Monday, October 9, 2017

Book review: The Bastard Legion by Gavin Smith


Title: The Bastard Legion
Author: Gavin Smith
Release date: 5th October 2017
Publisher: Gollancz 
Genre: Science Fiction 
Series: The Bastard Legion #1
Source: Review copy from the publisher

Description: Four hundred years in the future, the most dangerous criminals are kept in suspended animation aboard prison ships and "rehabilitated" in a shared virtual reality environment. But Miska Corbin, a thief and hacker with a background in black ops, has stolen one of these ships, the Hangman's Daughter, and made it her own. Controlled by explosive collars and trained in virtual reality by the electronic ghost of a dead marine sergeant, the thieves, gangsters, murderers, and worse are transformed into Miska's own private indentured army: the Bastard Legion. Are the mercenaries just for fun and profit, or does Miska have a hidden purpose connected to her covert past?

My thoughts: I loved the concept of the book as soon as I heard it, and since I'd heard good things about Gavin Smith's writing, I thought it would be a good book to start with. The story starts as Miska is about to take a small group of the prisoners she has been trying up onto an asteroid to take back control of it from a rebel group. It quickly becomes apparent when they arrive that Miska has not been given the full story about the rebels, their capabilities, and any reasons they might have to rebell. The bulk of the story focuses on the campaign to take over the asteroid, with occasional flashbacks to Miska's past: partly as she was securing the job and beginning to train the prisoners and partly looking at the events that led her to steal the prison ship in the first place and the bigger reasons for her taking it.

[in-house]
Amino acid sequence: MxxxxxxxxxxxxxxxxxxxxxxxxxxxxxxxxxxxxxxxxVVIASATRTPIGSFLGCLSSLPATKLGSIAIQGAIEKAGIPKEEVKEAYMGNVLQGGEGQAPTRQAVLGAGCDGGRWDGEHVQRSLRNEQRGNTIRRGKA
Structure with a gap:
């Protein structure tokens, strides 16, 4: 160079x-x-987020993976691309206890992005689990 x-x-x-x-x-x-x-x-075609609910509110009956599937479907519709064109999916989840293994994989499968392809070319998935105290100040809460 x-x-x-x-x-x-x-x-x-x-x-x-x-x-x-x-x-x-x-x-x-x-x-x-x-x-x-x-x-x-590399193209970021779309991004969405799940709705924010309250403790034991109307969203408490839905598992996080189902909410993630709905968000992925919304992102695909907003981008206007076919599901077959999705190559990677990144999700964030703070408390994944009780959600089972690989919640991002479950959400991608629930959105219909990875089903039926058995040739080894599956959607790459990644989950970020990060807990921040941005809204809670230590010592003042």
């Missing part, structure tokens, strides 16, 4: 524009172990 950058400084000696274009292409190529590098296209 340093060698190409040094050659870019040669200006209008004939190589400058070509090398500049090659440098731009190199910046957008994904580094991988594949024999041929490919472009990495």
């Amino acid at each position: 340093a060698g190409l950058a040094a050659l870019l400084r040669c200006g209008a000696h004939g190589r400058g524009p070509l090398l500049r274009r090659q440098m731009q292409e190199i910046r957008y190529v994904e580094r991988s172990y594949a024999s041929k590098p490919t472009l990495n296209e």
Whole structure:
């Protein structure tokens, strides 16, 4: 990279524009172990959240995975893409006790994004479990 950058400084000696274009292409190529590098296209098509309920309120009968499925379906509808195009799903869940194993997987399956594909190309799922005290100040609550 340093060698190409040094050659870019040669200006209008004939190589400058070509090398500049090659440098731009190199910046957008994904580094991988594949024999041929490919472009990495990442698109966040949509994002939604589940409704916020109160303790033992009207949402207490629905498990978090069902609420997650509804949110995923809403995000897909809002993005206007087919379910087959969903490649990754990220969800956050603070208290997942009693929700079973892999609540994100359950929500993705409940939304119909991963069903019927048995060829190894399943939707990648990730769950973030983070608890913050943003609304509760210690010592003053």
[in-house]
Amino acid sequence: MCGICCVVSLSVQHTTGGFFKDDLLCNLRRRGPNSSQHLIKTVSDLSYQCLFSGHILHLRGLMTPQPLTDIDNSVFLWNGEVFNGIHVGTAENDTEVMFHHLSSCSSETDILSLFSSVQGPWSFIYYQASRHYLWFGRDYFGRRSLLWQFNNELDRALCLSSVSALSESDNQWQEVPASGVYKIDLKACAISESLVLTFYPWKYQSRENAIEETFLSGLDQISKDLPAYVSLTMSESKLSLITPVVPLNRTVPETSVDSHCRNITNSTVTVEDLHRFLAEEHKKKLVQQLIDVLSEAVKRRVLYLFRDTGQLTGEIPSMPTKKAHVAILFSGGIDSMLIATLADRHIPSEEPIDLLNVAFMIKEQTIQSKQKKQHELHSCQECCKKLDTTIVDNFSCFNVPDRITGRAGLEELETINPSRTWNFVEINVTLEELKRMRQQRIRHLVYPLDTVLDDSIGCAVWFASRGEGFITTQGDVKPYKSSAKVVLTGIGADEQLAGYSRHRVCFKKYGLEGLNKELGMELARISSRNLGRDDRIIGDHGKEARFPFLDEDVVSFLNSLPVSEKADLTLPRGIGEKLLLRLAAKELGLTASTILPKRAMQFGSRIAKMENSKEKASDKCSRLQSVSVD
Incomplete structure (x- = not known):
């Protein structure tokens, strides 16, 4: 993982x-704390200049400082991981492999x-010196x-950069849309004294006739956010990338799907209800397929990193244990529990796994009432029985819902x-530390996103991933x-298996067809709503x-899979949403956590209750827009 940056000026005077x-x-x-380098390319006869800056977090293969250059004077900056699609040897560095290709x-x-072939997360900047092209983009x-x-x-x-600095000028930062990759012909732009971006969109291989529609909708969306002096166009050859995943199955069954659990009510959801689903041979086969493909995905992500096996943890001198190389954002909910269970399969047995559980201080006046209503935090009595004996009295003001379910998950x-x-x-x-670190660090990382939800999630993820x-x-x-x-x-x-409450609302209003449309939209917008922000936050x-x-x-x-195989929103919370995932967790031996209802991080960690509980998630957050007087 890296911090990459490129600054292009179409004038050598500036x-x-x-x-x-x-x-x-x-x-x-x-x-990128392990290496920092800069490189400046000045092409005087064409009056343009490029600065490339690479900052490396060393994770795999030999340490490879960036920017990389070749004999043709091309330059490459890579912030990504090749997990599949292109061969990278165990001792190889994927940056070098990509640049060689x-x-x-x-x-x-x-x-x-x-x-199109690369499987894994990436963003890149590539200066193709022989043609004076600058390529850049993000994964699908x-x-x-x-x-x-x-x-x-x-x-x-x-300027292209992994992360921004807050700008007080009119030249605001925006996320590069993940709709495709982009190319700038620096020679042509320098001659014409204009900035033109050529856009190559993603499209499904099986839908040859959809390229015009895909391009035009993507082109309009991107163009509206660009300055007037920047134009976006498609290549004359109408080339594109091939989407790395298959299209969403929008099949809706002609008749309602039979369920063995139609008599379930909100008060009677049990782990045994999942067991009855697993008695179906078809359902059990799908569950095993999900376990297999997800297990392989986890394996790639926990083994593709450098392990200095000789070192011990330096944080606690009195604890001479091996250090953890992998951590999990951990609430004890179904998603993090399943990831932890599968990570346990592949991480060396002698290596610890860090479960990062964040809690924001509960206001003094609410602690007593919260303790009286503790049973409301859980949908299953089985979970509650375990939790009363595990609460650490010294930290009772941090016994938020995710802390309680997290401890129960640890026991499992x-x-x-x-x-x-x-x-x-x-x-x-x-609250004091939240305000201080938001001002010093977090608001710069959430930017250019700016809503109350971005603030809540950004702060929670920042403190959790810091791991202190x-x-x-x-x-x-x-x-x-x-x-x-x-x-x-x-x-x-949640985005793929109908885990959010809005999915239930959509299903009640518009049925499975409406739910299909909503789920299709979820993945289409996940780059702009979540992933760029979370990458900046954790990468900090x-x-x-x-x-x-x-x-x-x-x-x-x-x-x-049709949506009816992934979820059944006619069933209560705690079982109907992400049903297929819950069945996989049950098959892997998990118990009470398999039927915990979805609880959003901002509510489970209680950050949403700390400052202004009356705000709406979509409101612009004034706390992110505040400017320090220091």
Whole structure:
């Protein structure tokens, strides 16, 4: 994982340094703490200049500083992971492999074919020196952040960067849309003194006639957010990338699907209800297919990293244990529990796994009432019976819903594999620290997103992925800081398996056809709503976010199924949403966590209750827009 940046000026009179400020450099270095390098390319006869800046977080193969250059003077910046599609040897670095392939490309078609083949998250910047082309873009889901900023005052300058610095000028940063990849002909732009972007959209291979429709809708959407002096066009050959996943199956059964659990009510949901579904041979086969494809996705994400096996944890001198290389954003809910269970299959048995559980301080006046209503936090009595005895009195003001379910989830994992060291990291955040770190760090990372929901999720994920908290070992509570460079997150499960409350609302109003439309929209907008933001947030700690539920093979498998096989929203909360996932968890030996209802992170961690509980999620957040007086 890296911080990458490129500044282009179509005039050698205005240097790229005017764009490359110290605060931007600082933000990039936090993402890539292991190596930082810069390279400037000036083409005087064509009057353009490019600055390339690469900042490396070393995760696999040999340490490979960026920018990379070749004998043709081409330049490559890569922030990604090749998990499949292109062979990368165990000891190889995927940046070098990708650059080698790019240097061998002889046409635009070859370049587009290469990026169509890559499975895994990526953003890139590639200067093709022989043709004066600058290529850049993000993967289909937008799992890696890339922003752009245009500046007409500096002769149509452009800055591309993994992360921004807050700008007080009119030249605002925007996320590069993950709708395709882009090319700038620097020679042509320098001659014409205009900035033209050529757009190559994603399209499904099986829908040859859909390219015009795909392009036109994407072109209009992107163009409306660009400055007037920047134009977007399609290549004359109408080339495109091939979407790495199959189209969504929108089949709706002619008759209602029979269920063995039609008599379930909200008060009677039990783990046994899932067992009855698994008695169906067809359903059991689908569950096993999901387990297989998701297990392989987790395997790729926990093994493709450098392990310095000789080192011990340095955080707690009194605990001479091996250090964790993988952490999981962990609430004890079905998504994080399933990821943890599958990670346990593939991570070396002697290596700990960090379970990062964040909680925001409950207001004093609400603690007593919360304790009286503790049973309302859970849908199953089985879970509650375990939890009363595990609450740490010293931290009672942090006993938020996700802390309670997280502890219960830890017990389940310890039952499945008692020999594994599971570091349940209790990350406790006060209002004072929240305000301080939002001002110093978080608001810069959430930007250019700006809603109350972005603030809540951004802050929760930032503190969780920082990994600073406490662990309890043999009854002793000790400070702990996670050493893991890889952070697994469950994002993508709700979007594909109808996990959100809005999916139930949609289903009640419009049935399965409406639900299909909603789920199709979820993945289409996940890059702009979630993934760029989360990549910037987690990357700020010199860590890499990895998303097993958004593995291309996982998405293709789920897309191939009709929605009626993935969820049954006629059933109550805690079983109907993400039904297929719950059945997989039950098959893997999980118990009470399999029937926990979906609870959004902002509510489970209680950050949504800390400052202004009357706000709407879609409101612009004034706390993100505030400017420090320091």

There aren't too many scientific terms or explanations in the book, but there are a lot of sci-fi weapons, equipment and body modifications. The fights between Miska's team and the rebels, and a few other people, are described in great detail. Personally I didn't need to know the names of each weapon being used at any time, but as Miska has been a marine, I think it makes sense that she (as the narrator) would call things by their proper names, so I adjusted to it after a while.

I liked the characters, particularly Miska who we get to know best. Some of the others are very intriguing as well, and I'll be interested to see how they develop over the trilogy and to learn more about their backgrounds. Overall I enjoyed the book - it's a fun read with a lot of mouthy mercenaries and vivid gunfights, as well as some interesting imaginings of technology and society in the future. I'm giving The Bastard Legion  by Gavin Smith 7/10. And I'm glad to hear that book 2 is also out this month, on ebook! 

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